Can Vietnam become a chip manufacturing powerhouse in the next decade?

VietTimes – Vietnam is facing the opportunity to become a chip manufacturing and exporting powerhouse in the next decade. But can Vietnam seize this opportunity? What advantages and disadvantages await?

This afternoon, September 10, President Joe Biden paid an official visit to Vietnam at the invitation of General Secretary Nguyen Phu Trong.

In the announcement about President Biden’s trip, the White House said that Mr. Biden and Vietnamese leaders will “seek opportunities to promote growth for Vietnam’s technology- and innovation-focused economy.” The United States supports and wants Vietnam to become a leading semiconductor manufacturing and exporting country in the region and the world in the next decade.

This was also stated by Ms. Janet Yellen – US Treasury Secretary – during her visit to Vietnam in July. Ms. Yellen said that over the past decade Vietnam has emerged as an important node in the global semiconductor supply chain.

Ms. Yellen said the United States is pursuing an approach called “friendshoring” to build a safe and reliable supply chain. The aim is to reduce the US economy’s vulnerability to fluctuations in the supply of key goods, such as semiconductors.

In addition to promoting the domestic semiconductor industry through the Science and Chip Act that President Biden signed in August 2022, the United States also seeks friendly countries to support the semiconductor manufacturing industry. to diversify supply sources.

Semiconductor chips are an extremely important commodity today. It is present in every device from cars, airplanes, phones to computers, televisions, and refrigerators. It is also used in military defense equipment to protect national sovereignty.

A statistic in 2022 shows that the number of chips shipped in 2021 worldwide is 1.1 billion, with sales reaching 595 billion USD. With this figure of nearly 600 billion USD, the scale of the semiconductor chip market is 5 times larger than the global television market, 6 times larger than the missile and nuclear bomb market, and 15 times larger than the robot market.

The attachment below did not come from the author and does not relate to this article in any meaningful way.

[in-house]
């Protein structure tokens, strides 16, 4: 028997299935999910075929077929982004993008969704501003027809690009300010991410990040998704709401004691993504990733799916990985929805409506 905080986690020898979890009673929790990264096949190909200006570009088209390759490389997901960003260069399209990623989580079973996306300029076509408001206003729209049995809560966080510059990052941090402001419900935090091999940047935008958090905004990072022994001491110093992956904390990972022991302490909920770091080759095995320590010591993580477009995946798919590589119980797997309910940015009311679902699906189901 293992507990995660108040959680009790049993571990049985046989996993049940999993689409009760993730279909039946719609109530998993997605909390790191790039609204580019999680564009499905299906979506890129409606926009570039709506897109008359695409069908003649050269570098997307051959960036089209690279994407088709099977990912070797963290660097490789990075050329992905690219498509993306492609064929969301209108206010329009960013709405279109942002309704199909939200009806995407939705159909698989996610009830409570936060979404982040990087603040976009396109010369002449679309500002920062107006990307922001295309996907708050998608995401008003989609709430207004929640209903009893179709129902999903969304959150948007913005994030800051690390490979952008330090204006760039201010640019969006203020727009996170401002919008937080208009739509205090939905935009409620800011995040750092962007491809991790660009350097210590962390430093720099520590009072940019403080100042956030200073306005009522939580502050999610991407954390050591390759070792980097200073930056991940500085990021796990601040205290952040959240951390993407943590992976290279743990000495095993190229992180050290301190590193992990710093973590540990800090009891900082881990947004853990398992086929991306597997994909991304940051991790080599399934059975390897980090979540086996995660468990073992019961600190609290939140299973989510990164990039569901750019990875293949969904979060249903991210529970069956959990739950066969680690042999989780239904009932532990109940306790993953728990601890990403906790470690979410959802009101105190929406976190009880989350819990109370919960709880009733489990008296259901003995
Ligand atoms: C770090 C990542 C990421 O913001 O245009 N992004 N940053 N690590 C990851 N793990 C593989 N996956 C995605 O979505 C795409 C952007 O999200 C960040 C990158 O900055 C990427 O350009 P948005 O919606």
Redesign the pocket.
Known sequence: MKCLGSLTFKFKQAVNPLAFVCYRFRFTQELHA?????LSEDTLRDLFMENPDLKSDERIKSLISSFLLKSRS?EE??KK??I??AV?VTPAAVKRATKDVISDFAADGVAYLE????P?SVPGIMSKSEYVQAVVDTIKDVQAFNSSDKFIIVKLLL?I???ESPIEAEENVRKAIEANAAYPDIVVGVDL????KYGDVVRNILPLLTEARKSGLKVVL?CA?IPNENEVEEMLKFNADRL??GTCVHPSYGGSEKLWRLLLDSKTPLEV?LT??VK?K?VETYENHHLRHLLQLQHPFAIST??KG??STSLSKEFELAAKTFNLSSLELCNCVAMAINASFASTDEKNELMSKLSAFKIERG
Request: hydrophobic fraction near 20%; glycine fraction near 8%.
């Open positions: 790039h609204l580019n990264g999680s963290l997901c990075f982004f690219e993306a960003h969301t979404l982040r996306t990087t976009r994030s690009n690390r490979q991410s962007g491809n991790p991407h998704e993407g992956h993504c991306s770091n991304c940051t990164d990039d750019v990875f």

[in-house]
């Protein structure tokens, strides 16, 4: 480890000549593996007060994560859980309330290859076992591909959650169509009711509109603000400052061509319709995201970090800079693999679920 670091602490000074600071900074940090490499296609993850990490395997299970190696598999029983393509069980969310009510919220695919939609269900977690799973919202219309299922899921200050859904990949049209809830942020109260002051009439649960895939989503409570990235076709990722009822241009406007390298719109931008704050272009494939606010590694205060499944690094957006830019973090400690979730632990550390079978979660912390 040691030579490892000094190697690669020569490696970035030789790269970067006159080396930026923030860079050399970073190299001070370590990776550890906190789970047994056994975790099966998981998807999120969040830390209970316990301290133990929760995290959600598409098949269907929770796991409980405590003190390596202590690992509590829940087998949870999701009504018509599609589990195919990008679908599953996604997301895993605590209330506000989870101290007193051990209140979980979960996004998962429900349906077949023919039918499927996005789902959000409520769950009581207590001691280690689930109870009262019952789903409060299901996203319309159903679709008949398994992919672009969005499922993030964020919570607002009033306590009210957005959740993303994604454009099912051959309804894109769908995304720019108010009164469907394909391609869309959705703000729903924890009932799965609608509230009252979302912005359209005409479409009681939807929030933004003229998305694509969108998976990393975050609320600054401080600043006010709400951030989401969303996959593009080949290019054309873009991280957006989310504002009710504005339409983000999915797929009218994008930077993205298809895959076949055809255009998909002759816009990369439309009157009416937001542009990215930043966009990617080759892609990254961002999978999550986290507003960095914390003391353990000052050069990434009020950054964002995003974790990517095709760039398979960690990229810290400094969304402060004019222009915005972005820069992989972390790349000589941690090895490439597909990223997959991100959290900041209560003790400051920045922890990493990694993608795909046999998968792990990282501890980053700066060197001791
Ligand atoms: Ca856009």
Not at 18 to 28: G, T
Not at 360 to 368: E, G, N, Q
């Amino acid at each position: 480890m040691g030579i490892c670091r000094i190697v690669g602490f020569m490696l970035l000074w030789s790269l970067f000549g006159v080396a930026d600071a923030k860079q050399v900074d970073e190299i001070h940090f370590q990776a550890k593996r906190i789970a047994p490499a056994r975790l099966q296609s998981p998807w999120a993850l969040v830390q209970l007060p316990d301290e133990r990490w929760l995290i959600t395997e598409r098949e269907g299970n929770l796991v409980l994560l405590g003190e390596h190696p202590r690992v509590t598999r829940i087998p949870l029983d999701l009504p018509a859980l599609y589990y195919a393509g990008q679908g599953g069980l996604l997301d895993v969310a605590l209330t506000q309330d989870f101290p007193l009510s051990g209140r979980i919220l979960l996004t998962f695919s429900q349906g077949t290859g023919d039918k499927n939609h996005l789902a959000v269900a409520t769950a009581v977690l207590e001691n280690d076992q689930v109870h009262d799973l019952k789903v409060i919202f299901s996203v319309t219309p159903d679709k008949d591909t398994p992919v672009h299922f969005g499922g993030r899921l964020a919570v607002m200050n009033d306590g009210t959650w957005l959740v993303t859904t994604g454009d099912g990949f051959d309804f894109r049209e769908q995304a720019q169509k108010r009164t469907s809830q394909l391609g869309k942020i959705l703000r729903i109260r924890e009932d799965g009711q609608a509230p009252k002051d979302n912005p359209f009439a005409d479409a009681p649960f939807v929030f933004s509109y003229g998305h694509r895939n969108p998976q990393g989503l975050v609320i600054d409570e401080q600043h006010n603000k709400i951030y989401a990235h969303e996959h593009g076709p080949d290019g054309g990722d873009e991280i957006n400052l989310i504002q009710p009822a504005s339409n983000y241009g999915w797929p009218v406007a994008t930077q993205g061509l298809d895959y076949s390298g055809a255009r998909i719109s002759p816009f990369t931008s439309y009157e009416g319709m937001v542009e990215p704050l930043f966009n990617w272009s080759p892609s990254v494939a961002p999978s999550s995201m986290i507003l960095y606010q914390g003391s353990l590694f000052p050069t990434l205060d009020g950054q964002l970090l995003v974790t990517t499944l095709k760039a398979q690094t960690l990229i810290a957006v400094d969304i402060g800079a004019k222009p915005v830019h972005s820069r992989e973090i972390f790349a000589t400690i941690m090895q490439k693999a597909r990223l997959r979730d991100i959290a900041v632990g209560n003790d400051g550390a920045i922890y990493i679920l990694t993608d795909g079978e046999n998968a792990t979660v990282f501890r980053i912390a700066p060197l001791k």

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CEOs of leading US semiconductor and digital companies are expected to attend a meeting on Monday (September 11) in Hanoi as part of President Joe Biden’s visit to Vietnam.

According to a list revealed by Reuters, the CEOs of Google, Intel, Amkor, Marvell, and GlobalFoundries will be present at this meeting. Secretary of State Anthony Blinken will also attend along with top Vietnamese officials.

Before this meeting, a number of US semiconductor companies had begun to set foot in Vietnam. Intel has a $1.5 billion factory in southern Vietnam that assembles, packages and tests chips and is continuing to plan to expand this factory. Amkor Technology is building “a large modern factory to assemble and test semiconductors” in a locality near Hanoi – according to Treasury Secretary Janet Yellen during a visit to Vietnam in July. Chip design company Marvell said it plans to build a “world-class” center in Vietnam.

Assembly and design are segments where US officials think Vietnam can develop faster. It is unclear in the coming period that the United States will support Vietnam in strengthening capacity at any stage in the chip production chain, including design, semiconductor production on wafers, testing and packaging.

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According to Bloomberg statistics, in the first 7 months of 2023, the number of chips from Vietnam accounts for 10% of the total chips imported into the US. In February alone, chip sales from Vietnam imported into the US reached 562.5 million USD, an increase of about 240.8 million USD over the same period in 2022. In terms of sales, Vietnam ranks third in Asia after Taiwan and Malaysia in exporting chips to the US. However, the majority of exported chips are from FDI enterprises such as Samsung, Intel, Foxconn…

According to Reuters, the shortage of chip engineers, including hardware and software engineers, can create many challenges for Vietnam to become an important country in the chip supply chain. Mr. Vu Tu Thanh, Deputy Executive Director, US-ASEAN Business Council shared that Vietnam only has about 5,000 to 6,000 engineers trained for the chip field, compared to the need of about 20,000 engineers for 5 years. next year and 50,000 engineers for the next 10 years.